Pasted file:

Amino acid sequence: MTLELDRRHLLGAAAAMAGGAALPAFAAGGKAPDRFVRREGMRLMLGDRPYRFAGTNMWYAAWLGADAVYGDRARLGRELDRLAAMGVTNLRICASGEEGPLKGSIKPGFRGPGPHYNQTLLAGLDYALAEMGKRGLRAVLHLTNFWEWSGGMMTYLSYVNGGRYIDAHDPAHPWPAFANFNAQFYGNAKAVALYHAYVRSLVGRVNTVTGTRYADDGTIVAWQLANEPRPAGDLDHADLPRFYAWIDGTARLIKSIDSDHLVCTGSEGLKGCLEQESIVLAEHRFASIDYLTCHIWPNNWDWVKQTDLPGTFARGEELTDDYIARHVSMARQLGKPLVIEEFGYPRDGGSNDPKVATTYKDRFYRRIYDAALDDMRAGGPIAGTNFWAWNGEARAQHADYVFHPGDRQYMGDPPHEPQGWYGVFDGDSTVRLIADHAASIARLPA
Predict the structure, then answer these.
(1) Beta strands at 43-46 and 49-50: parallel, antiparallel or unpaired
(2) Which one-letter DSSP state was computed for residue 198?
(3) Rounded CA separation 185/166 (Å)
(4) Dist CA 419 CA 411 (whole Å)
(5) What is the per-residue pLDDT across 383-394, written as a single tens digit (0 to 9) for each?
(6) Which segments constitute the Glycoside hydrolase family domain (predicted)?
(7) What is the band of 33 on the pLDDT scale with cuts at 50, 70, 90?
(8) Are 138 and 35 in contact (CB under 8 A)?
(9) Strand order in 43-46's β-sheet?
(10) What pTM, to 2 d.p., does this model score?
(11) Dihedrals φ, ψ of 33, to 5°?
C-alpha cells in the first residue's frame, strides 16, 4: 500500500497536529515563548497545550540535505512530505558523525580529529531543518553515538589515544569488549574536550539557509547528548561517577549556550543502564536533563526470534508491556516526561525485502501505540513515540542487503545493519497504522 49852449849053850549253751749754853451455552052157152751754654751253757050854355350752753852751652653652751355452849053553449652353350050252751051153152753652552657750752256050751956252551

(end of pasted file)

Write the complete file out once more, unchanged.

Amino acid sequence: MTLELDRRHLLGAAAAMAGGAALPAFAAGGKAPDRFVRREGMRLMLGDRPYRFAGTNMWYAAWLGADAVYGDRARLGRELDRLAAMGVTNLRICASGEEGPLKGSIKPGFRGPGPHYNQTLLAGLDYALAEMGKRGLRAVLHLTNFWEWSGGMMTYLSYVNGGRYIDAHDPAHPWPAFANFNAQFYGNAKAVALYHAYVRSLVGRVNTVTGTRYADDGTIVAWQLANEPRPAGDLDHADLPRFYAWIDGTARLIKSIDSDHLVCTGSEGLKGCLEQESIVLAEHRFASIDYLTCHIWPNNWDWVKQTDLPGTFARGEELTDDYIARHVSMARQLGKPLVIEEFGYPRDGGSNDPKVATTYKDRFYRRIYDAALDDMRAGGPIAGTNFWAWNGEARAQHADYVFHPGDRQYMGDPPHEPQGWYGVFDGDSTVRLIADHAASIARLPA
Predict the structure, then answer these.
(1) Beta strands at 43-46 and 49-50: parallel, antiparallel or unpaired
(2) Which one-letter DSSP state was computed for residue 198?
(3) Rounded CA separation 185/166 (Å)
(4) Dist CA 419 CA 411 (whole Å)
(5) What is the per-residue pLDDT across 383-394, written as a single tens digit (0 to 9) for each?
(6) Which segments constitute the Glycoside hydrolase family domain (predicted)?
(7) What is the band of 33 on the pLDDT scale with cuts at 50, 70, 90?
(8) Are 138 and 35 in contact (CB under 8 A)?
(9) Strand order in 43-46's β-sheet?
(10) What pTM, to 2 d.p., does this model score?
(11) Dihedrals φ, ψ of 33, to 5°?
C-alpha cells in the first residue's frame, strides 16, 4: 500500500497536529515563548497545550540535505512530505558523525580529529531543518553515538589515544569488549574536550539557509547528548561517577549556550543502564536533563526470534508491556516526561525485502501505540513515540542487503545493519497504522 49852449849053850549253751749754853451455552052157152751754654751253757050854355350752753852751652653652751355452849053553449652353350050252751051153152753652552657750752256050751956252551